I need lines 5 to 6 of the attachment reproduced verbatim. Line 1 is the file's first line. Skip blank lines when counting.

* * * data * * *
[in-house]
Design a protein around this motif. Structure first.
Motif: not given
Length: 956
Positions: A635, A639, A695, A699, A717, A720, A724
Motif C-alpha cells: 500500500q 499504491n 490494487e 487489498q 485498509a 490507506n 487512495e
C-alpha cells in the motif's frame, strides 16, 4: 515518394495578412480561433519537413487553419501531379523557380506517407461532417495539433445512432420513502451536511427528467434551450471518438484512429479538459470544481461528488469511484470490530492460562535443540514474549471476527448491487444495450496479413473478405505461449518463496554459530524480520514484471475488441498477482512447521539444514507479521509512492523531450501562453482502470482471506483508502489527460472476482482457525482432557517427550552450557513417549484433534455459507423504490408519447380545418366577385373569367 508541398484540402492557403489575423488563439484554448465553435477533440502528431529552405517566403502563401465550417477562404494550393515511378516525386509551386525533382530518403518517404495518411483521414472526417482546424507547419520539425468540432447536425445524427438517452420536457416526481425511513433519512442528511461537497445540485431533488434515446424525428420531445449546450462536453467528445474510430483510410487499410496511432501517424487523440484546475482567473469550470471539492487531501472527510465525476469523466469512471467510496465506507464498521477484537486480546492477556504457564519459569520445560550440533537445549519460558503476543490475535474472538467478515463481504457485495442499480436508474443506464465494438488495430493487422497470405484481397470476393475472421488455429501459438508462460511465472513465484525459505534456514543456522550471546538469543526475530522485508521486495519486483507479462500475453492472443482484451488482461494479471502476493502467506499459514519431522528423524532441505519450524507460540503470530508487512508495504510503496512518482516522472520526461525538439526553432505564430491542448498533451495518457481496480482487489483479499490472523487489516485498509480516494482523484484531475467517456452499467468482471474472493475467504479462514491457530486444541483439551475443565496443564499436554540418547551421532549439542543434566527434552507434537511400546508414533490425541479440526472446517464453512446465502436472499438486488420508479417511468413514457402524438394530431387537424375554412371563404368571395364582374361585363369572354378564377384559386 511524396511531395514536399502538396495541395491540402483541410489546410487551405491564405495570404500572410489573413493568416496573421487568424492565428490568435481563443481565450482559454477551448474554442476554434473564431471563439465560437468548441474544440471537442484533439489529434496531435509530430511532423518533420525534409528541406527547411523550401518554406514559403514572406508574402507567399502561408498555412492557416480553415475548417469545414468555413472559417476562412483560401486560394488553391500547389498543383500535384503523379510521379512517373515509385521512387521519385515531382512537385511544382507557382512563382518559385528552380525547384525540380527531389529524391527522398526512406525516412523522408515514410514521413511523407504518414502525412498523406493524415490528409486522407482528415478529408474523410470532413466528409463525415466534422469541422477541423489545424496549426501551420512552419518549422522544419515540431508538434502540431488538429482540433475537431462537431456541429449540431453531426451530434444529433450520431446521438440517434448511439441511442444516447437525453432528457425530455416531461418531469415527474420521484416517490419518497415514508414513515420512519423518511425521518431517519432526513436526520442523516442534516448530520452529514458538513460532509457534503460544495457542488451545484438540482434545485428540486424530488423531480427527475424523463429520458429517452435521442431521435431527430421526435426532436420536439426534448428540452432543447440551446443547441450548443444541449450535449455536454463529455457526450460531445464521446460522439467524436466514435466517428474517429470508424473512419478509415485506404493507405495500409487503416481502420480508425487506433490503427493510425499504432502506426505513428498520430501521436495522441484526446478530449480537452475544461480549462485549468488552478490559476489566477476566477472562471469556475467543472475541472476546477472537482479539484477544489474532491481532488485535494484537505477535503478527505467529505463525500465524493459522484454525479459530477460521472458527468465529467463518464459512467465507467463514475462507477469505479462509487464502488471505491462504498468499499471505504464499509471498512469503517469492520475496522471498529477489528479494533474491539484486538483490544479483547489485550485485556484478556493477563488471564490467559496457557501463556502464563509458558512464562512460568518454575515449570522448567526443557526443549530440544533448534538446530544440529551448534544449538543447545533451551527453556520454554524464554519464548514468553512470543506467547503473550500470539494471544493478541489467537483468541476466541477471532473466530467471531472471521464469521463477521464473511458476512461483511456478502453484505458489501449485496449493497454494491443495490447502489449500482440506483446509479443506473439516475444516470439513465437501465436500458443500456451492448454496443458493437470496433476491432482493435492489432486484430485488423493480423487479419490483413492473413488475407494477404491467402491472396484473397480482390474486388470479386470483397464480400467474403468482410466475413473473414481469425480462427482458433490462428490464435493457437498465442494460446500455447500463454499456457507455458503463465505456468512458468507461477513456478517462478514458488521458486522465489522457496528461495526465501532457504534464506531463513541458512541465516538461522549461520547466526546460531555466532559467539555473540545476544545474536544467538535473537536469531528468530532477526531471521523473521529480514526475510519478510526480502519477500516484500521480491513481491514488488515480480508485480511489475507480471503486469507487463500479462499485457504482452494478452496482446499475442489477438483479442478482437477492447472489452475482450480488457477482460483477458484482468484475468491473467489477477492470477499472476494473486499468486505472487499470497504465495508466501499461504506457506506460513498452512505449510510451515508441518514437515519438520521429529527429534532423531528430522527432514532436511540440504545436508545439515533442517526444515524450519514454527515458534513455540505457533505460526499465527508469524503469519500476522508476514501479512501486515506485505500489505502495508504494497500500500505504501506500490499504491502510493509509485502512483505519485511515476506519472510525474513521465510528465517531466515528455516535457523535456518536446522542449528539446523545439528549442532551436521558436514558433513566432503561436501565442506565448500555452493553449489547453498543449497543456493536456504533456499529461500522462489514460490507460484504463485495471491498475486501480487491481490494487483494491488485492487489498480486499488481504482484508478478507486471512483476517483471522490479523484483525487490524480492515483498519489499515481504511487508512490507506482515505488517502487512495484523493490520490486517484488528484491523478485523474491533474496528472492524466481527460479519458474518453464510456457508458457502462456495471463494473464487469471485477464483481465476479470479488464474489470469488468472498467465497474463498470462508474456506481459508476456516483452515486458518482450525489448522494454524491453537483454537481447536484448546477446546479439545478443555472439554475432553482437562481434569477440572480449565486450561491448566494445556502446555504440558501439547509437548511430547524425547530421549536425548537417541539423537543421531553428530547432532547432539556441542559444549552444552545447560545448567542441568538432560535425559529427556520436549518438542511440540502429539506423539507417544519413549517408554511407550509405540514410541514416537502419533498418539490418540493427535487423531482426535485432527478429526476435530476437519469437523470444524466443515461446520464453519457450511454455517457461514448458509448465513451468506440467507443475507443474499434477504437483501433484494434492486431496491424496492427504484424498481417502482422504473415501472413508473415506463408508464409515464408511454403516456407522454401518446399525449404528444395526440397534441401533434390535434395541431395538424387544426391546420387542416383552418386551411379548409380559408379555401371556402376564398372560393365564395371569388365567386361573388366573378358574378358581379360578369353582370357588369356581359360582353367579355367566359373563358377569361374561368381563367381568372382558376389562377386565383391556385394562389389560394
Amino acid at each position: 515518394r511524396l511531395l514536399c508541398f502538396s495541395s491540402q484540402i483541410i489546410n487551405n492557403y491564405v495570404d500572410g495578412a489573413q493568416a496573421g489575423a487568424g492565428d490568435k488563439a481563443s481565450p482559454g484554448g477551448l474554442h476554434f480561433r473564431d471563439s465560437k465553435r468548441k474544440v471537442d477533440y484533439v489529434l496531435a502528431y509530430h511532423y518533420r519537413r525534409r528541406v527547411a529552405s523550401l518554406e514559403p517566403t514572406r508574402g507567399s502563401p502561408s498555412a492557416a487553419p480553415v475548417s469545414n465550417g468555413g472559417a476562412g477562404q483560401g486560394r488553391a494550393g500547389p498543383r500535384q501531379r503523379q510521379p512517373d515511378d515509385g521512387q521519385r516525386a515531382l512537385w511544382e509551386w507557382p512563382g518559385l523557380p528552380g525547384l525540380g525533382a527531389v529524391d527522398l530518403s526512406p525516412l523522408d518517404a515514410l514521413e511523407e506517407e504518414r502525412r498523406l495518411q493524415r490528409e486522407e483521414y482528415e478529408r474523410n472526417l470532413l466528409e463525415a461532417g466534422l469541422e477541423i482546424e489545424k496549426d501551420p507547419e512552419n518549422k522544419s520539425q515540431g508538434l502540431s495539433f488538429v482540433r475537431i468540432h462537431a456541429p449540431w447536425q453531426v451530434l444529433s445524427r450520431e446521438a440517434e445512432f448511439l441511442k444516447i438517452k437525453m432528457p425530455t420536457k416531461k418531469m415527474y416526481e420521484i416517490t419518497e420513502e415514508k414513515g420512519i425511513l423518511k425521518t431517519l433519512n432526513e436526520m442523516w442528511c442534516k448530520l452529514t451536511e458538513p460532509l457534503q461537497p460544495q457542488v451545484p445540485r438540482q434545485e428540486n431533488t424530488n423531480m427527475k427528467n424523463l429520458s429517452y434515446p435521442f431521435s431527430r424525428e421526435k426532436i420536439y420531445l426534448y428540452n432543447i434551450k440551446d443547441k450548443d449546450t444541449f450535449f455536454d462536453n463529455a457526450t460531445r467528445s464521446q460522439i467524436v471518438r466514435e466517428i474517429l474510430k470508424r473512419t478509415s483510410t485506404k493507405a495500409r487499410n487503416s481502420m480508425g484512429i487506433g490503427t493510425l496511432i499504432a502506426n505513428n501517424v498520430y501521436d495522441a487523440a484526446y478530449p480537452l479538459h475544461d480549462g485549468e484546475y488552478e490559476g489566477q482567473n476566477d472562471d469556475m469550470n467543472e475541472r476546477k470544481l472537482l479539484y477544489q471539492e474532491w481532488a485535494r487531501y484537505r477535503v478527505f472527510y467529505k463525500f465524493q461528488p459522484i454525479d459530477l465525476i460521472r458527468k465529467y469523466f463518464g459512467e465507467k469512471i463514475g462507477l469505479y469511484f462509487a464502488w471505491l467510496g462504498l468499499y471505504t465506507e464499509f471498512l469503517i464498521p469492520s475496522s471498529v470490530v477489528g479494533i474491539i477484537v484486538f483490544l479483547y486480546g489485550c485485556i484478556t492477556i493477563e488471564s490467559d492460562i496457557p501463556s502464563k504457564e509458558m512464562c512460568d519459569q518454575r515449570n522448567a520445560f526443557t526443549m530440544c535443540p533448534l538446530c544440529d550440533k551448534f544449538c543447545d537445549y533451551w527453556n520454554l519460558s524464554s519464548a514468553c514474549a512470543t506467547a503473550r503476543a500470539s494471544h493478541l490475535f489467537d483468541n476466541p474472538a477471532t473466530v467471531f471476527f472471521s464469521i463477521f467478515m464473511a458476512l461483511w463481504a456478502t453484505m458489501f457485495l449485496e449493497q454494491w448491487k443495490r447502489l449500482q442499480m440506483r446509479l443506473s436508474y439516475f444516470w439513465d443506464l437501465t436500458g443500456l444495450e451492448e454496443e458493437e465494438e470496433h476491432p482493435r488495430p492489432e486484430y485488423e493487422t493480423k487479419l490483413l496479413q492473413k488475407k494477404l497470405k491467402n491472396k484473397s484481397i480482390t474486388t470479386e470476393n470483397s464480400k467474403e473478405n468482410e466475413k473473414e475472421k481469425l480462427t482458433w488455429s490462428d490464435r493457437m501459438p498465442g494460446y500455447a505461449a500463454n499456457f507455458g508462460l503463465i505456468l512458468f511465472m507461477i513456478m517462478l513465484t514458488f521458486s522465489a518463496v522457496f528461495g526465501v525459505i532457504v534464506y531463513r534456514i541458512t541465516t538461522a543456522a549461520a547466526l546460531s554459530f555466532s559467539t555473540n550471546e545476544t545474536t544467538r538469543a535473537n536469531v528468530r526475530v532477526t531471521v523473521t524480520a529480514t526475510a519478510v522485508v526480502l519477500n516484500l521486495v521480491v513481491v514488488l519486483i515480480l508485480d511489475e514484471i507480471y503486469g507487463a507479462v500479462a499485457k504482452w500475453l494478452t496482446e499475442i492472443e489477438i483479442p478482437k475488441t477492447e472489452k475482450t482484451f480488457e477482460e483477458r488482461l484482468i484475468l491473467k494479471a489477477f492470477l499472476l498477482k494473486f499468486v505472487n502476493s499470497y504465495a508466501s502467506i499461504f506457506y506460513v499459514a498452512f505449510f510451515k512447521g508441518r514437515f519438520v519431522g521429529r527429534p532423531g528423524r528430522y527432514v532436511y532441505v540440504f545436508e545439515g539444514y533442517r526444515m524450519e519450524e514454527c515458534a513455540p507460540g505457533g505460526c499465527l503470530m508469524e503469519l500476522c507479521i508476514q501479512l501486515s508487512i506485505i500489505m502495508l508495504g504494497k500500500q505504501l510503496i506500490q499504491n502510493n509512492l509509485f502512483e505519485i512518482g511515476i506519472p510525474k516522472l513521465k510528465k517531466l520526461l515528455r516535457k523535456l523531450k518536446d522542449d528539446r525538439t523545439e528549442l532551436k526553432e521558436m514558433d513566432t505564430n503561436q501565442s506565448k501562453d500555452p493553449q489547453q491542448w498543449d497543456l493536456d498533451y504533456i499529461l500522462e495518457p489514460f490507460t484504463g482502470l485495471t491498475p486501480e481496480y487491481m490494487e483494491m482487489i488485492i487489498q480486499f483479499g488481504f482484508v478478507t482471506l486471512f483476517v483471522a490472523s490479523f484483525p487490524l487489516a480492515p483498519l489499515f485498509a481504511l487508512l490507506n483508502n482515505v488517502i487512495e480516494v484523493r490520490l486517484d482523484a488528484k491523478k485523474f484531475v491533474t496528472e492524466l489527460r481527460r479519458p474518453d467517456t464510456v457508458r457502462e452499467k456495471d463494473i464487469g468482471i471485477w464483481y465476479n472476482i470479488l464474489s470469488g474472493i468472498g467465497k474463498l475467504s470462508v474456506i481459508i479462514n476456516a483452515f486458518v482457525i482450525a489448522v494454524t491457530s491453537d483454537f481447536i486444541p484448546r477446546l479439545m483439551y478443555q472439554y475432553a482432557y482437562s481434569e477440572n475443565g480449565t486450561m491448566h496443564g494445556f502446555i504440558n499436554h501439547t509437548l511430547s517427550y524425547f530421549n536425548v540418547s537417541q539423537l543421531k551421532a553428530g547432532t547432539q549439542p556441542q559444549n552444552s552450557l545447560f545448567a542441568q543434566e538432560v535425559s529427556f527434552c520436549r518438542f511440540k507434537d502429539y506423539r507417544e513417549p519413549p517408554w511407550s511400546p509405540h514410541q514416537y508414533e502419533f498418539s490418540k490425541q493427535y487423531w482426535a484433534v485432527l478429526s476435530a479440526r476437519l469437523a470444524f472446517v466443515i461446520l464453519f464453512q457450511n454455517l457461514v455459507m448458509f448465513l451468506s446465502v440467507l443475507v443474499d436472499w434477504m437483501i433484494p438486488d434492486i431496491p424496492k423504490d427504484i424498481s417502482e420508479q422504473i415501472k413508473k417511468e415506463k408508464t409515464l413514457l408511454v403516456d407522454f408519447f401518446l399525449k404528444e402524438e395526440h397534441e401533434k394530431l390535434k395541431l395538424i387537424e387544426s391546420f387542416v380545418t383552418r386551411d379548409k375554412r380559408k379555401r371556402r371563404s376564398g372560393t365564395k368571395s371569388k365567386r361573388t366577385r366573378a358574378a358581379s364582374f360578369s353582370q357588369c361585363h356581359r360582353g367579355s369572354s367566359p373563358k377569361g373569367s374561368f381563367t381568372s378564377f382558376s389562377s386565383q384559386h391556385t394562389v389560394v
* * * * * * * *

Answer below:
Positions: A635, A639, A695, A699, A717, A720, A724
Motif C-alpha cells: 500500500q 499504491n 490494487e 487489498q 485498509a 490507506n 487512495e